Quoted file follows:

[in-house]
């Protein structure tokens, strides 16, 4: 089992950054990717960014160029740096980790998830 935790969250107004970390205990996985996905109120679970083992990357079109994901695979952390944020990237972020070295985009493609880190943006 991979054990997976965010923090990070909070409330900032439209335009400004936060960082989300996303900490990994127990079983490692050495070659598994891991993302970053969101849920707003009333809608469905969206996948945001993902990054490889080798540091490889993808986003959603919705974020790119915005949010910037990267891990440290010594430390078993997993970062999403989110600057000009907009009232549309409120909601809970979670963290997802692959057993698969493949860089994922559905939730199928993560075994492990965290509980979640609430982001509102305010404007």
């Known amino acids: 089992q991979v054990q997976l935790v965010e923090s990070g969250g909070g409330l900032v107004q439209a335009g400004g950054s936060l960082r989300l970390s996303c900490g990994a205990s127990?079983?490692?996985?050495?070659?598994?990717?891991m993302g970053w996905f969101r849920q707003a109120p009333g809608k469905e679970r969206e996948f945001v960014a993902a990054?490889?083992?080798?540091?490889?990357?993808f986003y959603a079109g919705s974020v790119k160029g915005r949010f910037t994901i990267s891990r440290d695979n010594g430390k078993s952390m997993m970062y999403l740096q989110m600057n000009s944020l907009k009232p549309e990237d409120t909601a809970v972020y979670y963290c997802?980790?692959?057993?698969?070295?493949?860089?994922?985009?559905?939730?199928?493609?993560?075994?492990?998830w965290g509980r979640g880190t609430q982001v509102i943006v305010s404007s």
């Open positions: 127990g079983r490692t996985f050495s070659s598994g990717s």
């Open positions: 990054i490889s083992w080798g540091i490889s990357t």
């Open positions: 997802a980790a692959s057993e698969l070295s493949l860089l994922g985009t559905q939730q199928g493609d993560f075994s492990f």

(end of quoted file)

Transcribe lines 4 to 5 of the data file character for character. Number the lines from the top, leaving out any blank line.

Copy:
């Open positions: 127990g079983r490692t996985f050495s070659s598994g990717s």
């Open positions: 990054i490889s083992w080798g540091i490889s990357t």